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Looking Back

In Quiapo, nothing is impossible

/ 05:07 AM January 09, 2019

On my way to Makati Medical Center Monday night, I caught a sight that made me smile. In the din of rush-hour traffic, when tempers rise with the heat and exhaust fumes, I saw a “mini-me” image of the Nazareno de Quiapo on top of a tricycle. Christ was kneeling from the weight of his cross, in a white ruffled gown, patiently waiting like everyone else for the stoplight on Buendia and Pasong Tamo to turn green.

The sight provided a welcome distraction from the traffic, and while it looked like it would cause traffic or delay the cars behind and ahead of it, nobody dared honk at the Nazareno de Quiapo. When the light turned, everyone made way for the Señor Nazareno to pass unimpeded to its destination.

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All roads lead to Quiapo today, Jan. 9, the Feast of the Black Nazarene. A holiday is declared in the jaded capital city, more for practical than religious reasons, since vehicular traffic will not move along the route the image will take today, with all streets choked with devotees and the curious. This dark, ancient image of Mexican origin makes its annual trip outside its sanctuary in Quiapo to the Luneta and back, a short distance that takes many hours. I have always marveled at the crush of people on Jan. 9, because the practical side of me thinks there are 364 other days of the year when one can visit and venerate the image comfortably. Sacrifice does have its rewards.

On trips to Quiapo outside the ferial days, I have always been fascinated by the religious fervor and devotion that occurs inside, and the commerce and superstition that unfolds outside. Stalls sell everything from replicas of the Nazareno, novenas, prayer books, rosaries, candles, religious medals and other Catholic sacramentals to brass amulets or anting-anting of folk design, with mysterious letters that read out ancient incantations and spells in a mix of pig Latin and Filipino.

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There is an amulet of protection for any form of trouble, and my all-time favorite is that of the Santo Niño or child Jesus with an erect penis that, according to some, is used either for fertility or virility. I buy these as welcome or going-away presents for foreign diplomats, who must see in this simple image the many parodies and contradictions of Philippine life and history.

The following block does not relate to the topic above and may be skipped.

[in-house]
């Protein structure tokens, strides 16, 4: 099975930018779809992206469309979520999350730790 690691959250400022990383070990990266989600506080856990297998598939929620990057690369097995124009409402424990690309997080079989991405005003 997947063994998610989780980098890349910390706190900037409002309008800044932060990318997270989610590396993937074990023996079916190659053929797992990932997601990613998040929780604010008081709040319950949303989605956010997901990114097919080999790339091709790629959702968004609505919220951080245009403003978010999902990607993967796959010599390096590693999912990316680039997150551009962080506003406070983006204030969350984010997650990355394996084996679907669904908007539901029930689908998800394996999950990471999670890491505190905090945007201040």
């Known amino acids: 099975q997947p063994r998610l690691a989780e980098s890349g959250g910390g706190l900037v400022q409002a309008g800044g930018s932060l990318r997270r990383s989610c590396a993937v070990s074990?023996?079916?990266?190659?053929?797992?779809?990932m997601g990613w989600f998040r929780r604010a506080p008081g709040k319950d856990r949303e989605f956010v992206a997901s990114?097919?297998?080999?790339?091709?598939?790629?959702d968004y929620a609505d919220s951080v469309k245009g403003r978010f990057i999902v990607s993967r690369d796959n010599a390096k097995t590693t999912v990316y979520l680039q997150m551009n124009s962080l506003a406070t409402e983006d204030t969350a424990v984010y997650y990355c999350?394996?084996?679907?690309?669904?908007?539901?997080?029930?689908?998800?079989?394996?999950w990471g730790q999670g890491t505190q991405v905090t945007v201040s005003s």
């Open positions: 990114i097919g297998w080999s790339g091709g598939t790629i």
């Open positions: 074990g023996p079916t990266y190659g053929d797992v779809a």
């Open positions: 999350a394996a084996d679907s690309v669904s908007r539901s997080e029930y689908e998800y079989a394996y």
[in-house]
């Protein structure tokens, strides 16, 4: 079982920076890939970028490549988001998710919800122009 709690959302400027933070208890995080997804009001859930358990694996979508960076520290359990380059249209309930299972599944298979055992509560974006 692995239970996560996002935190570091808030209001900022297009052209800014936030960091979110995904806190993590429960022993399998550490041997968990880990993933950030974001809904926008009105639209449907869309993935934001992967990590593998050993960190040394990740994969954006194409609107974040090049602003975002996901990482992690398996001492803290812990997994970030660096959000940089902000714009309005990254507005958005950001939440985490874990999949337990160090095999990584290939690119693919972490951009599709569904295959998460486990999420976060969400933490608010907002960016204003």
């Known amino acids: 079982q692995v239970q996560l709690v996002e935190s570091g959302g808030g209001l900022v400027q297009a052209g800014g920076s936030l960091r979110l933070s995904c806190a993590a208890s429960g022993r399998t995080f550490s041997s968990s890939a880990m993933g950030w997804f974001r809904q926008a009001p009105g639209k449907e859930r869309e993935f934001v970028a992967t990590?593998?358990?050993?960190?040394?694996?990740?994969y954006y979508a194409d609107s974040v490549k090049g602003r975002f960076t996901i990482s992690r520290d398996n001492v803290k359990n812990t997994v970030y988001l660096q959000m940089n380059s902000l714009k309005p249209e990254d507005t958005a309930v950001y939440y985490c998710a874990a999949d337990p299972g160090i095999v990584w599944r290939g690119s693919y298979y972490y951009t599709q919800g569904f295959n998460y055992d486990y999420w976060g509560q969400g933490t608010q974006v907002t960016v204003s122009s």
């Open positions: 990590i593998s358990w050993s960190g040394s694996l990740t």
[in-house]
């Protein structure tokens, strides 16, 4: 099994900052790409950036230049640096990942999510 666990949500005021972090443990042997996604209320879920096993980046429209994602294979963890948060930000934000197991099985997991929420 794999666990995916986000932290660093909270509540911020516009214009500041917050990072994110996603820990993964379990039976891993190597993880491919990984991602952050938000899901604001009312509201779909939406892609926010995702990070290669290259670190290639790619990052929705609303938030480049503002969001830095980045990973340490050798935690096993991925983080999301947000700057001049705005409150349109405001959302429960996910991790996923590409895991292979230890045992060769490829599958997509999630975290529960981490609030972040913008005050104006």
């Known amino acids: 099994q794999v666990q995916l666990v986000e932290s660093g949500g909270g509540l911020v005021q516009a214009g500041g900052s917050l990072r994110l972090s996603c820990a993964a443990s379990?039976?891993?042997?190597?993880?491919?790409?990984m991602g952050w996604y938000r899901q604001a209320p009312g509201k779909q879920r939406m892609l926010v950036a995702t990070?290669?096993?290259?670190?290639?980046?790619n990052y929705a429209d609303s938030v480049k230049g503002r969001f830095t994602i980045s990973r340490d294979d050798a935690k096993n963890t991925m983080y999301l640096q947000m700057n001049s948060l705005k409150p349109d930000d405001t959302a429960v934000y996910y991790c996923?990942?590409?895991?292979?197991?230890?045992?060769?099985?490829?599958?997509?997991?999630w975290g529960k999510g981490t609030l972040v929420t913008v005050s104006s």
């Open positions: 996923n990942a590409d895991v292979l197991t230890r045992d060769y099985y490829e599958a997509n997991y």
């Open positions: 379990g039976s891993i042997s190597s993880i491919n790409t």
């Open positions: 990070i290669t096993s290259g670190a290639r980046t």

Aside from anting-anting, there is a wide assortment of herbs and oils for various uses — to conceive, to have an easy delivery, or even to abort an unplanned or unwanted pregnancy. There are massage oils, oils for healing various ailments, and oils to bewitch, to cause or cast out love. There are oils and herbs to heal or harm. Nothing, it seems, is impossible in Quiapo. You can sit on a stool and have your palms or cards read; you can also pay for someone to pray a rosary or novena for you if you don’t have the time or inclination to do so. One looks at all the business and busyness of Quiapo and wonders when things started to be this way.

There were no Quiapo stalls to buy amulets from during the Philippine Revolution or World War II; these had to be had from banana hearts that opened in the dead of night, or from those who forged the metal and gave them power during Semana Santa. Of our heroes, Rizal did not need an amulet as his hands could give sight to the blind. Emilio Aguinaldo was said to have a friendly kapre in one of the trees in his Kawit home who warned him of danger or protected him in battle. There is a reference to Andres Bonifacio handing out small pieces of black cloth to Katipuneros as amulets, these allegedly being pieces cut from the vestments of the martyrs of 1872, Fathers Gomez, Burgos and Zamora. Closer to our times, there is the rumor that revolutionary Fr. Gregorio Aglipay embedded a splinter of magic wood on the back of Ferdinand Marcos that kept him safe from all harm during World War II and in all his years in politics.

Time to visit Quiapo again, after Jan. 9, when the vendors have returned to their stalls to sell good fortune for 2019. Politics, the economy, the state of the country and the world — all these may be unpredictable, but, believe it or not, Quiapo is a place where one can find hope for free, or for a fee.

Comments are welcome at aocampo@ateneo.edu

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